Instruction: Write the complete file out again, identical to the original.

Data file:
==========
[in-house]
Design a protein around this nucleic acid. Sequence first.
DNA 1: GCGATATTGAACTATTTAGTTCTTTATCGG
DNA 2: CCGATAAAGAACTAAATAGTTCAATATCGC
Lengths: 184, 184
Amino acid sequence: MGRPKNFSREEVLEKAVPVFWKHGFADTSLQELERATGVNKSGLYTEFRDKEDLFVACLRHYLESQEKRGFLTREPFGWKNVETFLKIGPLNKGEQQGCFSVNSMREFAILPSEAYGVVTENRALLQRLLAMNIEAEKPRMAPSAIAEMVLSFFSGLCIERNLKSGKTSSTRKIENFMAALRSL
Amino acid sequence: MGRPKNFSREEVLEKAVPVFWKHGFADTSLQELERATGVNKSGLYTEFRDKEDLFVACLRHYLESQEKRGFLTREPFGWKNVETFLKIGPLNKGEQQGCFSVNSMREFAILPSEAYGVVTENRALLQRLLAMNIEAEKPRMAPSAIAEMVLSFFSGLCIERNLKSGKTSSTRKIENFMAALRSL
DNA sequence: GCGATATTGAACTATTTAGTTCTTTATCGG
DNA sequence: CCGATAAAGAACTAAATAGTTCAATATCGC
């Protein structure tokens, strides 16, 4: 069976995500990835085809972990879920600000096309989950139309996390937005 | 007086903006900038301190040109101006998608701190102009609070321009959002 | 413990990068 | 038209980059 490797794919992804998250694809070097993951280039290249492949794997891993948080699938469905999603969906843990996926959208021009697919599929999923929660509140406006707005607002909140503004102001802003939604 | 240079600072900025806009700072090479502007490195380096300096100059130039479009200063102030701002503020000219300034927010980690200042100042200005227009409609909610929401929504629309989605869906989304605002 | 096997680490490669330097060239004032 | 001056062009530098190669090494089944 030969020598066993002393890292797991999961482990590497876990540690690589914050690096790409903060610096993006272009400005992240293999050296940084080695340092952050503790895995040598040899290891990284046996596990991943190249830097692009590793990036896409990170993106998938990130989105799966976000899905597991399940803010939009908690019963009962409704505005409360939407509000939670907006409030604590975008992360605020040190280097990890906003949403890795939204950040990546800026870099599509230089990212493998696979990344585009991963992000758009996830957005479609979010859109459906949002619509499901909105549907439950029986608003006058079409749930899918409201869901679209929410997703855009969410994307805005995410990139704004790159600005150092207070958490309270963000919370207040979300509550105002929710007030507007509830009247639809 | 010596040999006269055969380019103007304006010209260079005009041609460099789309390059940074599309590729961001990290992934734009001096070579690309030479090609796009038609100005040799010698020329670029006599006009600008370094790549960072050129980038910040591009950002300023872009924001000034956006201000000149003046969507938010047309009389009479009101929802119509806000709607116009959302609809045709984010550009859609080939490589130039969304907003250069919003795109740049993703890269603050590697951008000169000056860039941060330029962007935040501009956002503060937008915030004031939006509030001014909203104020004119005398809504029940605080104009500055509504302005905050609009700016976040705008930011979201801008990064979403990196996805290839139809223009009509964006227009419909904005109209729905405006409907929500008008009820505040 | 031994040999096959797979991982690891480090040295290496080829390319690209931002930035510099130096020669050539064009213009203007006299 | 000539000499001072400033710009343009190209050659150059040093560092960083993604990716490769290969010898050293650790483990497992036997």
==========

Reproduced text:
[in-house]
Design a protein around this nucleic acid. Sequence first.
DNA 1: GCGATATTGAACTATTTAGTTCTTTATCGG
DNA 2: CCGATAAAGAACTAAATAGTTCAATATCGC
Lengths: 184, 184
Amino acid sequence: MGRPKNFSREEVLEKAVPVFWKHGFADTSLQELERATGVNKSGLYTEFRDKEDLFVACLRHYLESQEKRGFLTREPFGWKNVETFLKIGPLNKGEQQGCFSVNSMREFAILPSEAYGVVTENRALLQRLLAMNIEAEKPRMAPSAIAEMVLSFFSGLCIERNLKSGKTSSTRKIENFMAALRSL
Amino acid sequence: MGRPKNFSREEVLEKAVPVFWKHGFADTSLQELERATGVNKSGLYTEFRDKEDLFVACLRHYLESQEKRGFLTREPFGWKNVETFLKIGPLNKGEQQGCFSVNSMREFAILPSEAYGVVTENRALLQRLLAMNIEAEKPRMAPSAIAEMVLSFFSGLCIERNLKSGKTSSTRKIENFMAALRSL
DNA sequence: GCGATATTGAACTATTTAGTTCTTTATCGG
DNA sequence: CCGATAAAGAACTAAATAGTTCAATATCGC
């Protein structure tokens, strides 16, 4: 069976995500990835085809972990879920600000096309989950139309996390937005 | 007086903006900038301190040109101006998608701190102009609070321009959002 | 413990990068 | 038209980059 490797794919992804998250694809070097993951280039290249492949794997891993948080699938469905999603969906843990996926959208021009697919599929999923929660509140406006707005607002909140503004102001802003939604 | 240079600072900025806009700072090479502007490195380096300096100059130039479009200063102030701002503020000219300034927010980690200042100042200005227009409609909610929401929504629309989605869906989304605002 | 096997680490490669330097060239004032 | 001056062009530098190669090494089944 030969020598066993002393890292797991999961482990590497876990540690690589914050690096790409903060610096993006272009400005992240293999050296940084080695340092952050503790895995040598040899290891990284046996596990991943190249830097692009590793990036896409990170993106998938990130989105799966976000899905597991399940803010939009908690019963009962409704505005409360939407509000939670907006409030604590975008992360605020040190280097990890906003949403890795939204950040990546800026870099599509230089990212493998696979990344585009991963992000758009996830957005479609979010859109459906949002619509499901909105549907439950029986608003006058079409749930899918409201869901679209929410997703855009969410994307805005995410990139704004790159600005150092207070958490309270963000919370207040979300509550105002929710007030507007509830009247639809 | 010596040999006269055969380019103007304006010209260079005009041609460099789309390059940074599309590729961001990290992934734009001096070579690309030479090609796009038609100005040799010698020329670029006599006009600008370094790549960072050129980038910040591009950002300023872009924001000034956006201000000149003046969507938010047309009389009479009101929802119509806000709607116009959302609809045709984010550009859609080939490589130039969304907003250069919003795109740049993703890269603050590697951008000169000056860039941060330029962007935040501009956002503060937008915030004031939006509030001014909203104020004119005398809504029940605080104009500055509504302005905050609009700016976040705008930011979201801008990064979403990196996805290839139809223009009509964006227009419909904005109209729905405006409907929500008008009820505040 | 031994040999096959797979991982690891480090040295290496080829390319690209931002930035510099130096020669050539064009213009203007006299 | 000539000499001072400033710009343009190209050659150059040093560092960083993604990716490769290969010898050293650790483990497992036997």